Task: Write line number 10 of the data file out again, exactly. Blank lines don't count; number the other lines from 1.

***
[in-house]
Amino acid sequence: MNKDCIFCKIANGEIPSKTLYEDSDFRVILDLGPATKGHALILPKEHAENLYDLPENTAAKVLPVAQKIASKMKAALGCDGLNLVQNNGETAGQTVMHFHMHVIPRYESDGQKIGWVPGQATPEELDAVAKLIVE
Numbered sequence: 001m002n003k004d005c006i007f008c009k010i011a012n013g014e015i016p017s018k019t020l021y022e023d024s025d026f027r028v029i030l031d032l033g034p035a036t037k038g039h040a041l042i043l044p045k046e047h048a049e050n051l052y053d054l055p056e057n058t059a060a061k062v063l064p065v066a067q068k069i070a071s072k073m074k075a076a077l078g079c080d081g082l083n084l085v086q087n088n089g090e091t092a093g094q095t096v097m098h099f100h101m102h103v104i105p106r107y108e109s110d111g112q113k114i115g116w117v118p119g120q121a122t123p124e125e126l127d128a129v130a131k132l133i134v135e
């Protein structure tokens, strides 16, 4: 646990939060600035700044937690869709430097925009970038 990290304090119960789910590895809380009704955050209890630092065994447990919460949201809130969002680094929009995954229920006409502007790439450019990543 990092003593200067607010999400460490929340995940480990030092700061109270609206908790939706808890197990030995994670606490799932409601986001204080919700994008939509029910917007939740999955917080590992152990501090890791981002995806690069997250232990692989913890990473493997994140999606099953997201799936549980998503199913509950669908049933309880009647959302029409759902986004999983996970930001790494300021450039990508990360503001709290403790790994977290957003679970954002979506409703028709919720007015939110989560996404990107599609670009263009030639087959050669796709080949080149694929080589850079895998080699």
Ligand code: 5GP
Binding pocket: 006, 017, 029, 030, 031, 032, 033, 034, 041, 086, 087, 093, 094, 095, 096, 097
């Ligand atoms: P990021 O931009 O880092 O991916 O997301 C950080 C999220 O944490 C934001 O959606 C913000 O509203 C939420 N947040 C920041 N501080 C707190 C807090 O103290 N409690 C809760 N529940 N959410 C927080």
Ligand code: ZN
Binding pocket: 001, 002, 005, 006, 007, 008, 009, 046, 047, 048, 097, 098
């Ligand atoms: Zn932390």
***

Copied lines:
């Ligand atoms: Zn932390």